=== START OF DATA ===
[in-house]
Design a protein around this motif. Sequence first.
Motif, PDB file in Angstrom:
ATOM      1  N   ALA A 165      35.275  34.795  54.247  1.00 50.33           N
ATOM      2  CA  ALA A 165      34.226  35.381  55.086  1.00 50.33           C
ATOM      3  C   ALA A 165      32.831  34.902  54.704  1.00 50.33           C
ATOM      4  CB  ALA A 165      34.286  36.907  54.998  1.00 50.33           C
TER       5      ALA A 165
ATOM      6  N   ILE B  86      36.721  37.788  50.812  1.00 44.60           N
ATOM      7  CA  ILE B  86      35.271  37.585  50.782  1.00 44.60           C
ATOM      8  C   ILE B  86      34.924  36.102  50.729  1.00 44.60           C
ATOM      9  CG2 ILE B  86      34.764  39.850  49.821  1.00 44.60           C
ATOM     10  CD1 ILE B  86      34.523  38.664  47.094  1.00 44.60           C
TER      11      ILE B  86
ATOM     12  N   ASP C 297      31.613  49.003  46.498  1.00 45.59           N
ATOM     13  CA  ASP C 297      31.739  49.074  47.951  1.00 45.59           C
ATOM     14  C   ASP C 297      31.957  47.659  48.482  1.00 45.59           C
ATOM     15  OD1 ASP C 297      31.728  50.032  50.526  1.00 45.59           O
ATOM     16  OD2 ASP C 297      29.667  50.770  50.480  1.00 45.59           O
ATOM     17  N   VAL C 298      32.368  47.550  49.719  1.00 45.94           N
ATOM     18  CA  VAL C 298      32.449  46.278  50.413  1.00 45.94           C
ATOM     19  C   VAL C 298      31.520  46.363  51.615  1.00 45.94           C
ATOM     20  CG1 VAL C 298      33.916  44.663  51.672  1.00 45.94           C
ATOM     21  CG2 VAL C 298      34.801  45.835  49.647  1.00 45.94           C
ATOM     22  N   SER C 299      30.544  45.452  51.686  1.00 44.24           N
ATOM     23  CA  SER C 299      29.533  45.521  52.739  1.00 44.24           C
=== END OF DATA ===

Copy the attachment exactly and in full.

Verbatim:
[in-house]
Design a protein around this motif. Sequence first.
Motif, PDB file in Angstrom:
ATOM      1  N   ALA A 165      35.275  34.795  54.247  1.00 50.33           N
ATOM      2  CA  ALA A 165      34.226  35.381  55.086  1.00 50.33           C
ATOM      3  C   ALA A 165      32.831  34.902  54.704  1.00 50.33           C
ATOM      4  CB  ALA A 165      34.286  36.907  54.998  1.00 50.33           C
TER       5      ALA A 165
ATOM      6  N   ILE B  86      36.721  37.788  50.812  1.00 44.60           N
ATOM      7  CA  ILE B  86      35.271  37.585  50.782  1.00 44.60           C
ATOM      8  C   ILE B  86      34.924  36.102  50.729  1.00 44.60           C
ATOM      9  CG2 ILE B  86      34.764  39.850  49.821  1.00 44.60           C
ATOM     10  CD1 ILE B  86      34.523  38.664  47.094  1.00 44.60           C
TER      11      ILE B  86
ATOM     12  N   ASP C 297      31.613  49.003  46.498  1.00 45.59           N
ATOM     13  CA  ASP C 297      31.739  49.074  47.951  1.00 45.59           C
ATOM     14  C   ASP C 297      31.957  47.659  48.482  1.00 45.59           C
ATOM     15  OD1 ASP C 297      31.728  50.032  50.526  1.00 45.59           O
ATOM     16  OD2 ASP C 297      29.667  50.770  50.480  1.00 45.59           O
ATOM     17  N   VAL C 298      32.368  47.550  49.719  1.00 45.94           N
ATOM     18  CA  VAL C 298      32.449  46.278  50.413  1.00 45.94           C
ATOM     19  C   VAL C 298      31.520  46.363  51.615  1.00 45.94           C
ATOM     20  CG1 VAL C 298      33.916  44.663  51.672  1.00 45.94           C
ATOM     21  CG2 VAL C 298      34.801  45.835  49.647  1.00 45.94           C
ATOM     22  N   SER C 299      30.544  45.452  51.686  1.00 44.24           N
ATOM     23  CA  SER C 299      29.533  45.521  52.739  1.00 44.24           C